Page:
John Pearson of Copper Landing is all smiles after landing a rainbow trout during an early season fishing foray two weeks ago on the upper Kenai River.
Photo courtesy fo Phillip Christ
After many months of staring at sheets of ice on the frozen Kenai River, most anglers are chomping at the bit to wet a hook in flowing water.
"Ice fishing gets old after a few months. You get an itching to get back in the boat," said Phillip Christensen of Soldotna.
Earlier this month, Christensen and a few fishing buddies decided they couldn't wait any longer, so they took to the water of the upper Kenai River in pursuit of rainbow trout.
"I had been calling a buddy in Cooper Landing every day for the last three or four weeks waiting for the ice to go out," he said.
Finally, on March 9, there was enough open water to give it a go, so Christensen and some friends drove up to Sportsmen's Landing, near the Russian River, in the hope of launching a drift boat. While they were successful, getting the boat in the water was no easy task.
"There was an ice ledge four feet high," he said.
To overcome this obstacle they backed the boat trailer as close to the edge as the safely could, and then they slowly and carefully lowered the boat into the aquamarine waters.
"It was an almost vertical drop," Christensen said.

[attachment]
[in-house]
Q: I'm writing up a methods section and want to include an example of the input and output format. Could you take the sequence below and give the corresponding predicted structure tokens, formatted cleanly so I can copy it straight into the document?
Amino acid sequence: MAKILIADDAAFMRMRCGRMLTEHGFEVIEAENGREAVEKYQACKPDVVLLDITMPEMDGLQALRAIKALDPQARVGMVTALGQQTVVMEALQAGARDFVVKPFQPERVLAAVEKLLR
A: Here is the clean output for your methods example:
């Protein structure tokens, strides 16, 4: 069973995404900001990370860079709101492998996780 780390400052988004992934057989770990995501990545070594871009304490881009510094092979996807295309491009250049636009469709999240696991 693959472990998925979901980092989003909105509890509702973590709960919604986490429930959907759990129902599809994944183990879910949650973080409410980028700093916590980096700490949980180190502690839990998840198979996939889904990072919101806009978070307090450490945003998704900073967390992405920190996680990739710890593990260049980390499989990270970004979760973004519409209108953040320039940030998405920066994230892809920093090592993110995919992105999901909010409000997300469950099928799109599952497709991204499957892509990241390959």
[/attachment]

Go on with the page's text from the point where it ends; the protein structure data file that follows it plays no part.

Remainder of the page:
Early season fishing isn't without it's challenges. Phillip Christensen and his friends had to overcome an ice ledge that was four feet tall in order to get their boat into the river.
Photo courtesy of Phillip Christ
Once on the water, it wasn't long before the bite began.
"Normally you don't get a lot of resident fish in the river, most travel to the lakes, but those that are there are healthy, hungry and a lot of fun," he said.
Christensen said his weekend of fishing went well. He found out while floating to Jim's Landing, the fish were definitely ready to eat after being locked under the ice for so many months.
"The trout fishing was phenomenal. I mean just phenomenal. We had nine take downs and four fish landed all rainbows. The biggest was around 23 inches and the smallest was around 16 inches. It was all catch and release," he said.
Christensen said while he targets trout during early season piscatorial pursuits, he never knows for sure what he'll catch, since in 2001 he landed a most unusual fish for that time of year.
"We were pulling small plugs when I got what I thought was a huge rainbow, but my jaw hit the bottom of the boat when I landed it and saw it was a red (salmon)," he said.
Shawn Norris shows off a heathy rainbow trout.
Photo courtesy of Phillip Christ
The Alaska Department of Fish and Game has recorded early, early run reds in the Kenai around this time of year, but these occurrences are rare.
Christensen said adding to how odd that salmon catch was, was the fact that he caught two of them.
"I put the line back in the water in the same place and within five minutes I had another one," he said.
This year's fishing forays didn't yield any salmon, but Christensen said he still enjoyed his day on the water with friends. He said he frequently opts to fish early in the season because of the benefits of beating the crowds later in the year.
"I will not fish the upper Kenai in fall. It's just too crowded. Fishing early can be difficult to launch the boat, and you may have to drag the boat over a few gravel shoals once in a while, but it's a lot of fun," he said.
Joseph Robertia can be reached at firstname.lastname@example.org.
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